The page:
Norway is planning to build a fence on its border with Russia to prevent refugees from coming into the country.
The steel fence will be on the arctic border at the Storskog crossing point and is set to be 660 feet long and 11 feet high, according to Reuters. Nearly 5,500 refugees from Syria crossed through this border point in 2015.
The fence showcases shifting attitudes toward asylum seekers. While Norway was once known as a safe haven for refugees, the new border is telling a different story.
"The gate and the fence are responsible measures," said Deputy Justice Minister Ove Vanebo to Reuters.
Norway isn't the only country tightening regulations. Sweden, a country often called a "humanitarian superpower," is also increasing border controls and implementing identification checks, according to The Washington Post.
The new measures come as thousands of refugees are applying for asylum in both countries, putting a strain on the countries' resources. In Norway, more than 23,000 Syrians applied for refugee status in 2015, according to The Independent. In the first quarter of 2016, the number of refugees actually being allowed into the country has dropped by 95 percent.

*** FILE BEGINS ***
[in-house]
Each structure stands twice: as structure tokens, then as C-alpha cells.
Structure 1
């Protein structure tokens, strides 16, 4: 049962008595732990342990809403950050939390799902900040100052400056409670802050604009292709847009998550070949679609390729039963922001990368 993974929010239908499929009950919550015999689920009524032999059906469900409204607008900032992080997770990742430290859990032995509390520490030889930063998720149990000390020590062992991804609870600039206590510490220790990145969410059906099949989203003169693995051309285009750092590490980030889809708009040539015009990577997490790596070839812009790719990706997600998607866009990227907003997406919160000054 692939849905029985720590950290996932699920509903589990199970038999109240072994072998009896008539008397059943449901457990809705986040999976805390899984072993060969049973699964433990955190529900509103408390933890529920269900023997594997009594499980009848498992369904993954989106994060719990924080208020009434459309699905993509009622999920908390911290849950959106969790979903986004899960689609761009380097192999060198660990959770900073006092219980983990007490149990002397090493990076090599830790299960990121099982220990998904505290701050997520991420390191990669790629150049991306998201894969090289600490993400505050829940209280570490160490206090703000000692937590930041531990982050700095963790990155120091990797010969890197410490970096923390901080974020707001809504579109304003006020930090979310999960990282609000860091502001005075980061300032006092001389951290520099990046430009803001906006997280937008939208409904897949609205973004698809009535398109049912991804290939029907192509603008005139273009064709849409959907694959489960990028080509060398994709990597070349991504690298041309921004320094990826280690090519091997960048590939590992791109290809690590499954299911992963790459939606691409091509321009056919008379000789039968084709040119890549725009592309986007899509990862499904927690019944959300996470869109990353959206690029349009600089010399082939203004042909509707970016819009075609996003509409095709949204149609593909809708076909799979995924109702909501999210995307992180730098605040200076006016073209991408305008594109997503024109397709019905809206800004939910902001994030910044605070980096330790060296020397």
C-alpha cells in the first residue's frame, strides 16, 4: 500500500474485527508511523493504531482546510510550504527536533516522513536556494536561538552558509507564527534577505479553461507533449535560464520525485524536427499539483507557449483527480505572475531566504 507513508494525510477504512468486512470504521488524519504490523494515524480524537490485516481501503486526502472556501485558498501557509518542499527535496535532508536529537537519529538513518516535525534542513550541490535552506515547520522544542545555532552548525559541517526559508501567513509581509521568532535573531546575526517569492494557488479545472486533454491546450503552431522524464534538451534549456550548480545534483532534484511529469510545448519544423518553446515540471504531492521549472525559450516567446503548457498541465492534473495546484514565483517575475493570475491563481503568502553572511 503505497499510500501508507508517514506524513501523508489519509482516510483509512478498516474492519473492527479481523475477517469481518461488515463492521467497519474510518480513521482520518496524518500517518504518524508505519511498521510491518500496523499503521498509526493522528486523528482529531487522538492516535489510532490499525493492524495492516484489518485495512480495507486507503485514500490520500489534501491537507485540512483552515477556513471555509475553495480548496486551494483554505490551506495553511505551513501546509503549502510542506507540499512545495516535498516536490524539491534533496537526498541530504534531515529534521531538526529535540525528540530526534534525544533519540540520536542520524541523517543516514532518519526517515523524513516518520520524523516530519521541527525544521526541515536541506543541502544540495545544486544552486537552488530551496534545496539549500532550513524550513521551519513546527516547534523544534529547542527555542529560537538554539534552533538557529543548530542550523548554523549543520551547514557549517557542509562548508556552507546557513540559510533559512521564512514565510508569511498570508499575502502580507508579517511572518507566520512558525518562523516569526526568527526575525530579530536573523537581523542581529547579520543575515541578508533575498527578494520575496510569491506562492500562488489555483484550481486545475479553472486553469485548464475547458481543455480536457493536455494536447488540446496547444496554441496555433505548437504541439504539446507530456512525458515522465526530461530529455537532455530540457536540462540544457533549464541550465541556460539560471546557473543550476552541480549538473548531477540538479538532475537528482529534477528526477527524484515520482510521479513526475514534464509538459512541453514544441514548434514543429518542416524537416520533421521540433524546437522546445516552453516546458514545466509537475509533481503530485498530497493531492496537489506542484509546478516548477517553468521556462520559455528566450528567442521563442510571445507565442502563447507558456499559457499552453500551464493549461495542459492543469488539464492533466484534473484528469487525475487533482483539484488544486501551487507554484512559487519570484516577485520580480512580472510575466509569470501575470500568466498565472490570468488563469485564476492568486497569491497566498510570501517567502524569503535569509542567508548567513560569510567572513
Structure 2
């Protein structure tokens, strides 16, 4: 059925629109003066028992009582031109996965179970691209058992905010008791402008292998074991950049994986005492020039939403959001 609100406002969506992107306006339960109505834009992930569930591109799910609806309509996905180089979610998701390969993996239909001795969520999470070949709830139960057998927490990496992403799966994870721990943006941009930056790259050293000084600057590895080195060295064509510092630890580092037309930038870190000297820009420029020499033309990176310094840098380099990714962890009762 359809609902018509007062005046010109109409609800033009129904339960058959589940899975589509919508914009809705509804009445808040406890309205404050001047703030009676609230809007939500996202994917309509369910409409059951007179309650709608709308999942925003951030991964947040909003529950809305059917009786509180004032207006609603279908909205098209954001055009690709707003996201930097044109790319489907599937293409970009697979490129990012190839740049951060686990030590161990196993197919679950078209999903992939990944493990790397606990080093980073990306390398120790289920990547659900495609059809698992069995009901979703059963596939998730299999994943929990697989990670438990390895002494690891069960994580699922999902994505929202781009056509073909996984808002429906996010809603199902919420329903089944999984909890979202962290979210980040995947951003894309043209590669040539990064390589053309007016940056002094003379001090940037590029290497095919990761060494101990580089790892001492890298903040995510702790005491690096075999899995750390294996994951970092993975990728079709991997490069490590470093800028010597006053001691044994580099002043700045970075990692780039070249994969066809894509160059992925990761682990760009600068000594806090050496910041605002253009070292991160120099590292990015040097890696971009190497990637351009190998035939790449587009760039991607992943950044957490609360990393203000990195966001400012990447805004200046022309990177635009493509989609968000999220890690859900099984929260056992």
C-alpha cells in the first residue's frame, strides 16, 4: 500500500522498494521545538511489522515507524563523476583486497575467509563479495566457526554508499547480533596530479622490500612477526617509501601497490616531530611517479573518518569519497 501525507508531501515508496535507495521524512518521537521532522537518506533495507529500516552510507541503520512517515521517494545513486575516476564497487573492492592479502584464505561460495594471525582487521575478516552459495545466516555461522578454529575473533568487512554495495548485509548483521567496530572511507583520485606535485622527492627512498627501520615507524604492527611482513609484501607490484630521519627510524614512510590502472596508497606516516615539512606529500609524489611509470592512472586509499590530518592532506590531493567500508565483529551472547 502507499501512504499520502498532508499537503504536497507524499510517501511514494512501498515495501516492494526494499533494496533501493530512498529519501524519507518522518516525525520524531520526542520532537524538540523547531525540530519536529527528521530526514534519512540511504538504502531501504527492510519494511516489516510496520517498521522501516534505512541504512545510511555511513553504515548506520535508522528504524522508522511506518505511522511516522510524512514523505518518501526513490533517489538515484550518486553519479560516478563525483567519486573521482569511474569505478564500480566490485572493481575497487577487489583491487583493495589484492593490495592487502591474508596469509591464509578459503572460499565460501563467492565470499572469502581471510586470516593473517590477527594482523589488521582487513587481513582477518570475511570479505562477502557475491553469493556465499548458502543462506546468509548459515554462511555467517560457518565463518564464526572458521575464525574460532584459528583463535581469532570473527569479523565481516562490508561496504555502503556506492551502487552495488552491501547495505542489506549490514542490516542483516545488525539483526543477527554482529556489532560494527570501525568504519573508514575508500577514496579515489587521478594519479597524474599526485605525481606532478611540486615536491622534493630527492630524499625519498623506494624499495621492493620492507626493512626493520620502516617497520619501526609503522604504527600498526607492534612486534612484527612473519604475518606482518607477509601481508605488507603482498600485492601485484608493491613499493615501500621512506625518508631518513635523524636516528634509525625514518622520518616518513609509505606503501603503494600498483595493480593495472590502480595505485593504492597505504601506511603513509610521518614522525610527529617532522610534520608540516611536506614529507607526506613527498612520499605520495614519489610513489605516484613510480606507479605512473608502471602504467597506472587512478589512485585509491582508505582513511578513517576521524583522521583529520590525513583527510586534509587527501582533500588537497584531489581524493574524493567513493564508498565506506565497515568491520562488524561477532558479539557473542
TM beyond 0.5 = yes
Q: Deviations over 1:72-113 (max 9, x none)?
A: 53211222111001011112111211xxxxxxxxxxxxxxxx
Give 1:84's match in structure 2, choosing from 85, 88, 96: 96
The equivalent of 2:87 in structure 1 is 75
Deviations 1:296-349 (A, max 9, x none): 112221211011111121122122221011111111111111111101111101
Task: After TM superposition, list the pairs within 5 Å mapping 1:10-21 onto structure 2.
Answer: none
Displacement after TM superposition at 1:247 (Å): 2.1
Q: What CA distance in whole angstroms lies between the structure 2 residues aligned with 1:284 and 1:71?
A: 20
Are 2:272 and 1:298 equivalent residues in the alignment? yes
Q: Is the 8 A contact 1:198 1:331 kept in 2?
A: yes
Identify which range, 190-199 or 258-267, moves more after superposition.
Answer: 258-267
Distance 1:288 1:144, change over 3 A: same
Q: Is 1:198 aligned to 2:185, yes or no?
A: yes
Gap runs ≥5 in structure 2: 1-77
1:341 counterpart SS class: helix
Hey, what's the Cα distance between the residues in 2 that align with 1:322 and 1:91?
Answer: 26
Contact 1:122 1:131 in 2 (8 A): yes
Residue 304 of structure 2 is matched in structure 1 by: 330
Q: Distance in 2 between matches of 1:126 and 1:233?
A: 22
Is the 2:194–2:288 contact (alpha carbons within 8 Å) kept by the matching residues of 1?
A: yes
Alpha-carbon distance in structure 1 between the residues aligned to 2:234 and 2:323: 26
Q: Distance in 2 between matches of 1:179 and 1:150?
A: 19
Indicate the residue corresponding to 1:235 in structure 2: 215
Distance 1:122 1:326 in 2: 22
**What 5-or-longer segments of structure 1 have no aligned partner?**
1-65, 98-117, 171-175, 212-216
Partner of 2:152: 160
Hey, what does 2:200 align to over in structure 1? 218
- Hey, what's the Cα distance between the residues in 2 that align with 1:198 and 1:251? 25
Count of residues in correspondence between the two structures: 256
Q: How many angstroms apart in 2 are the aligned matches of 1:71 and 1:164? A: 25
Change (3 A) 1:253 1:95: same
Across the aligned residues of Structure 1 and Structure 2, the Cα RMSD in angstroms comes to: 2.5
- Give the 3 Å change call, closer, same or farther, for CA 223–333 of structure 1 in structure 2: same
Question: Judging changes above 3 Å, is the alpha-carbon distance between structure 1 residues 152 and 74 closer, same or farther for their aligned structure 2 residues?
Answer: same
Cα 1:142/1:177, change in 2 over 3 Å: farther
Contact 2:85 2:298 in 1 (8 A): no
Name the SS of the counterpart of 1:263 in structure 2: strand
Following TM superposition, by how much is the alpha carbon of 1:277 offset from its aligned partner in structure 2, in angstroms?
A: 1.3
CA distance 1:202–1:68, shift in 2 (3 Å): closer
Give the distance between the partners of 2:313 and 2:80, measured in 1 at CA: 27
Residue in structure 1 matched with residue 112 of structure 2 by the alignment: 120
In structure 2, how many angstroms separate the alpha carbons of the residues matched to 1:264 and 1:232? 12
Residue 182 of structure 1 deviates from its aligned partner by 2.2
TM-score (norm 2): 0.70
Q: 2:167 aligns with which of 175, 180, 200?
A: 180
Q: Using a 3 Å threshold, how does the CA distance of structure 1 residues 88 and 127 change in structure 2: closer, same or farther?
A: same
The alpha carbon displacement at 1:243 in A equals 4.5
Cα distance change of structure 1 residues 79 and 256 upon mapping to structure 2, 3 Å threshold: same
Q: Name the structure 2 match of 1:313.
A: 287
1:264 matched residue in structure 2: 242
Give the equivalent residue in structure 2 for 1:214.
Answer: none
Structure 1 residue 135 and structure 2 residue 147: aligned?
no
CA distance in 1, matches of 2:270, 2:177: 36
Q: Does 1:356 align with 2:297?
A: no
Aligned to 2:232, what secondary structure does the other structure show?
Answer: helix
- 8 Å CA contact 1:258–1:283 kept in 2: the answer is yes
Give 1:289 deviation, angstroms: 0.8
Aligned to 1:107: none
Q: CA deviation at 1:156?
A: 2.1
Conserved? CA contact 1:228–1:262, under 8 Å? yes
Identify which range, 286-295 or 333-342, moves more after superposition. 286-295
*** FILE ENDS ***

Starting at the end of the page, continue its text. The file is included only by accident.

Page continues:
In Sweden, the numbers are even higher. Around 160,000 Syrian refugees entered the country in 2015. The country claims it can no longer handle the influx of people, and if thousands more asylum seekers enter in 2016, the whole system could break.
"We’re willing to do more than anyone else," said Swedish Migration Minister Morgan Johansson to The Washington Post. "But even we have our limits."
As Norway attempts to contain its refugee problem, activists are pushing back, saying a border fence can send the wrong message.
"We've an obligation to be a country people can flee to," Linn Landro, spokesman for the Norwegian Refugees Welcome group, told Reuters. "The fence sends a very negative signal, including to Russia because it says that 'we don't trust you.'"
Russia has yet to complain about the proposed border fence. Refugees have been entering countries through the arctic as it is less risky than crossing the Mediterranean Sea by boat.
The fence will be constructed before winter sets in and workers have already been clearing the area in preparation, reports the Independent.